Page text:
—“TIME 100 Next” decides that the only Japanese who represents the global “next” is Shinjiro Koizumi.
—Shinzo Abe becomes the longest-serving prime minister in Japanese history. Blessed by weak rivals in the ruling party, a discredited and talentless opposition, and absolute shamelessness in the face of scandal, it just goes on and on…
—Japan’s “commercial” whaling is already failing as a business enterprise, so ruling party conservatives are mulling legislation to spend more taxpayer money to prop up the moribund industry. It helps that whaling is based in electoral districts supporting Abe and Nikai.
—Ruling coalition-backed Seiji Hamada easily rolls to victory over the united opposition candidate in the Kochi gubernatorial election. He gains over 60% of the vote.
—Protect the Nation from NHK vice-leader Hodaka Maruyama under fire again, this time for meeting Princess Mako of Akishino at a function and asking her if being separated from her fiancee is making her feel lonely. This kind of overfamiliarity with Imperials not welcomed.
—Wataru Takeshita, leader of the LDP Takeshita Faction, returns to duties after ten months receiving treatment for esophageal cancer. Among other things, Takeshita led the charge to weaken anti-smoking legislation, declaring that he couldn’t live without tobacco.
—Former Prime Minister Yasuhiro Nakasone has passed away at age 101. It’s been pointed out that with the death of Yasuhiro Nakasone, there are no more living Japanese prime ministers of the Showa Era. He was the last one standing.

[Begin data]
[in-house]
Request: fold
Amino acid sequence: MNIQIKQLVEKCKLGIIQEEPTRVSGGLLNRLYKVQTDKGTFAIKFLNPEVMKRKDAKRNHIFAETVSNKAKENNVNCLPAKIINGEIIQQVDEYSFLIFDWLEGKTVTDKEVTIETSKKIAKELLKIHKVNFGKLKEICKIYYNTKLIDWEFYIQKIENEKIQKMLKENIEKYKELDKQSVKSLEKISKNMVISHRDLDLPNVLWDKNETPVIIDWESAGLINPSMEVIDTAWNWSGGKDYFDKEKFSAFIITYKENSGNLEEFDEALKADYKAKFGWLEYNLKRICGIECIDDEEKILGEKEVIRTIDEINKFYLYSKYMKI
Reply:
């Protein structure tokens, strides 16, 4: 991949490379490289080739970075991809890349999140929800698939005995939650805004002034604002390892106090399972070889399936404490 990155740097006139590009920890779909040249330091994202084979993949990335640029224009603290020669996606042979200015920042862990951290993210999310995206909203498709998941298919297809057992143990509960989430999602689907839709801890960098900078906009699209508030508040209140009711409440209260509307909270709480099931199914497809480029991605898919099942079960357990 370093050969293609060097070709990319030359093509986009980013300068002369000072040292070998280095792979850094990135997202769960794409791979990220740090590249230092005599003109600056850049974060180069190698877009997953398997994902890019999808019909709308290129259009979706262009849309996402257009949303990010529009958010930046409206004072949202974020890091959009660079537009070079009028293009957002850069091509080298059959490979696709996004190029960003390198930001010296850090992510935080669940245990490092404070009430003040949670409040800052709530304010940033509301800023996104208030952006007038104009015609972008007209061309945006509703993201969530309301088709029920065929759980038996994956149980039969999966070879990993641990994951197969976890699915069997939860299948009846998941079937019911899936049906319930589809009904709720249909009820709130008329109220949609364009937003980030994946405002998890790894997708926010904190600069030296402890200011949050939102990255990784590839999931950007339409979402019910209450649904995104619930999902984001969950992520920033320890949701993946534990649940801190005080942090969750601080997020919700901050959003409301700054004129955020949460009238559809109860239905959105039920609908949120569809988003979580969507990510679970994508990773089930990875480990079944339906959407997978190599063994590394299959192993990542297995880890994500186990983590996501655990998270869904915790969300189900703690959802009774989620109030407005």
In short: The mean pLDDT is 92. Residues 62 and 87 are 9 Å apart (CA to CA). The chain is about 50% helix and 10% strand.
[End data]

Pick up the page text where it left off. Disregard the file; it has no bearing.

—Abe government proposes public-private panel together with Google, Apple, Facebook, and Amazon to combat “fake news.”
—Sanae Takaichi’s Ministry of Internal Affairs and Communications tell NHK to dramatically pare back its budget requests for internet services. The Abe government does not want the national broadcaster to modernize its approach to news and information distribution.
—Interesting Fact: Shinzo Abe and Natsuo Yamaguchi held a private dinner this week. The interesting point? This was the very first private dinner between the two coalition partners in all of the seven years of Abe’s second stint in power.
—Political Bang for the Buck: New figures show seventh consecutive year of big business financial donations to Abe’s ruling party on the rise. Not surprising since Abe’s economic policies are practically dictated by Keidanren. Auto industry giving highest amount of money.
—Donald Trump demands US$8 billion annual payment from Japan for allowing it to host US troops, mainly in Okinawa. This is a 4.5-fold increase over the current “sympathy budget.” It seems that Abe’s service to Trump’s ego not paying off so well after all.
—It seems that the Trump government demand for an US$8 billion annual payoff was originally delivered by John Bolton back in July, but with its usual degree of commitment to democratic transparency, the Abe regime had been able to suppress the information until now.
—Rather than spend US$8 billion a year on Donald Trump’s blackmail, how about spend the same sum to combat climate change, which is already taking thousands of lives in Japan? This is a more real threat than reheated Cold War fantasies about a Chinese military invasion.
—House of Representatives ratifies the bilateral US-Japan trade deal. Now it is on to the House of Councillors for the final endorsement.